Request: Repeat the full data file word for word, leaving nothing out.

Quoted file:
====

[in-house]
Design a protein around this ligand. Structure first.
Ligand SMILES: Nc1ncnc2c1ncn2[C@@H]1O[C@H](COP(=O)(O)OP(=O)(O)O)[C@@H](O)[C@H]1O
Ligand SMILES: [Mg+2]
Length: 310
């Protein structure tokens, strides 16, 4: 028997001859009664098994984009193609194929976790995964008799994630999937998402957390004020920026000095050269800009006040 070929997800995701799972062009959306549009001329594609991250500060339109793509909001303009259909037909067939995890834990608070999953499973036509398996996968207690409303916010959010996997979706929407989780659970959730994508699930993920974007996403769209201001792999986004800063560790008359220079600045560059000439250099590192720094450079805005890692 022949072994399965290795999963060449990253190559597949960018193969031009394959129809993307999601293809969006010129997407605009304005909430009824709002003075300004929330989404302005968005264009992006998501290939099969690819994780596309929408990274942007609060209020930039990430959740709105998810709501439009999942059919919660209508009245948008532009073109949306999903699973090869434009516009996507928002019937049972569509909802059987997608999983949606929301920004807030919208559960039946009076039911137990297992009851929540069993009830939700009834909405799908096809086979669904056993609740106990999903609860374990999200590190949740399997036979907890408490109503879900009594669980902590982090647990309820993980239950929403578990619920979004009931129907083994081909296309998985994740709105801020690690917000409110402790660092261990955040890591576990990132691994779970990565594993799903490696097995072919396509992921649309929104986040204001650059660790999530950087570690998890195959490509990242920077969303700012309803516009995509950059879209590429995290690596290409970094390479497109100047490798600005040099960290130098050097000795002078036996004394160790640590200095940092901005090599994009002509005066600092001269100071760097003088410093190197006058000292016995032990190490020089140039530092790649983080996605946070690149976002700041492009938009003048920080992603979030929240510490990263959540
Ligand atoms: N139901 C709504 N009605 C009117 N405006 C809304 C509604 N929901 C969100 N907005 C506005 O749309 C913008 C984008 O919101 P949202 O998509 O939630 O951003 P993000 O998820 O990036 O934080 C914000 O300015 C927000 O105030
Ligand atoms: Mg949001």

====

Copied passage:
[in-house]
Design a protein around this ligand. Structure first.
Ligand SMILES: Nc1ncnc2c1ncn2[C@@H]1O[C@H](COP(=O)(O)OP(=O)(O)O)[C@@H](O)[C@H]1O
Ligand SMILES: [Mg+2]
Length: 310
């Protein structure tokens, strides 16, 4: 028997001859009664098994984009193609194929976790995964008799994630999937998402957390004020920026000095050269800009006040 070929997800995701799972062009959306549009001329594609991250500060339109793509909001303009259909037909067939995890834990608070999953499973036509398996996968207690409303916010959010996997979706929407989780659970959730994508699930993920974007996403769209201001792999986004800063560790008359220079600045560059000439250099590192720094450079805005890692 022949072994399965290795999963060449990253190559597949960018193969031009394959129809993307999601293809969006010129997407605009304005909430009824709002003075300004929330989404302005968005264009992006998501290939099969690819994780596309929408990274942007609060209020930039990430959740709105998810709501439009999942059919919660209508009245948008532009073109949306999903699973090869434009516009996507928002019937049972569509909802059987997608999983949606929301920004807030919208559960039946009076039911137990297992009851929540069993009830939700009834909405799908096809086979669904056993609740106990999903609860374990999200590190949740399997036979907890408490109503879900009594669980902590982090647990309820993980239950929403578990619920979004009931129907083994081909296309998985994740709105801020690690917000409110402790660092261990955040890591576990990132691994779970990565594993799903490696097995072919396509992921649309929104986040204001650059660790999530950087570690998890195959490509990242920077969303700012309803516009995509950059879209590429995290690596290409970094390479497109100047490798600005040099960290130098050097000795002078036996004394160790640590200095940092901005090599994009002509005066600092001269100071760097003088410093190197006058000292016995032990190490020089140039530092790649983080996605946070690149976002700041492009938009003048920080992603979030929240510490990263959540
Ligand atoms: N139901 C709504 N009605 C009117 N405006 C809304 C509604 N929901 C969100 N907005 C506005 O749309 C913008 C984008 O919101 P949202 O998509 O939630 O951003 P993000 O998820 O990036 O934080 C914000 O300015 C927000 O105030
Ligand atoms: Mg949001």